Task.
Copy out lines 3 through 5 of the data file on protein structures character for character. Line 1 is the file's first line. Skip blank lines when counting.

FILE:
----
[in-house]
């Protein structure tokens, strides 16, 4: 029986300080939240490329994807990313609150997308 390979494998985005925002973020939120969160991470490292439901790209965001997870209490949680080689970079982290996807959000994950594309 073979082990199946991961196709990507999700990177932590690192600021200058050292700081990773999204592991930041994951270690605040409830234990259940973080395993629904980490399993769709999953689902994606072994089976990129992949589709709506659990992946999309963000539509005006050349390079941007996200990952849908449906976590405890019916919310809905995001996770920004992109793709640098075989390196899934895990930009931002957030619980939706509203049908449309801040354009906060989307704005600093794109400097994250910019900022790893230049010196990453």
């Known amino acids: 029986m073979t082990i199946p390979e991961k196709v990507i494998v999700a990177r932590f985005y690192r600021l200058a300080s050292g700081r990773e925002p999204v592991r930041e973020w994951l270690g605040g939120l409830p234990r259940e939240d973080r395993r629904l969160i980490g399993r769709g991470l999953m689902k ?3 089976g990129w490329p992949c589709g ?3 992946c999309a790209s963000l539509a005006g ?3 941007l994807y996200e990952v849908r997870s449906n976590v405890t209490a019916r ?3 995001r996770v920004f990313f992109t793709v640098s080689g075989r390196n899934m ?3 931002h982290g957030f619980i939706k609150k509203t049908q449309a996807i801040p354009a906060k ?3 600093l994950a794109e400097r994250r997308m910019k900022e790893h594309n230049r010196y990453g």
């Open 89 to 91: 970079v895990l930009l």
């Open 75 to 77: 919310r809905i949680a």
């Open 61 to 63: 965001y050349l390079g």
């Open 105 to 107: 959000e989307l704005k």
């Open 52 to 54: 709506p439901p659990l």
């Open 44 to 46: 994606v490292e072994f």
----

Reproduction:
């Known amino acids: 029986m073979t082990i199946p390979e991961k196709v990507i494998v999700a990177r932590f985005y690192r600021l200058a300080s050292g700081r990773e925002p999204v592991r930041e973020w994951l270690g605040g939120l409830p234990r259940e939240d973080r395993r629904l969160i980490g399993r769709g991470l999953m689902k ?3 089976g990129w490329p992949c589709g ?3 992946c999309a790209s963000l539509a005006g ?3 941007l994807y996200e990952v849908r997870s449906n976590v405890t209490a019916r ?3 995001r996770v920004f990313f992109t793709v640098s080689g075989r390196n899934m ?3 931002h982290g957030f619980i939706k609150k509203t049908q449309a996807i801040p354009a906060k ?3 600093l994950a794109e400097r994250r997308m910019k900022e790893h594309n230049r010196y990453g």
């Open 89 to 91: 970079v895990l930009l």
């Open 75 to 77: 919310r809905i949680a």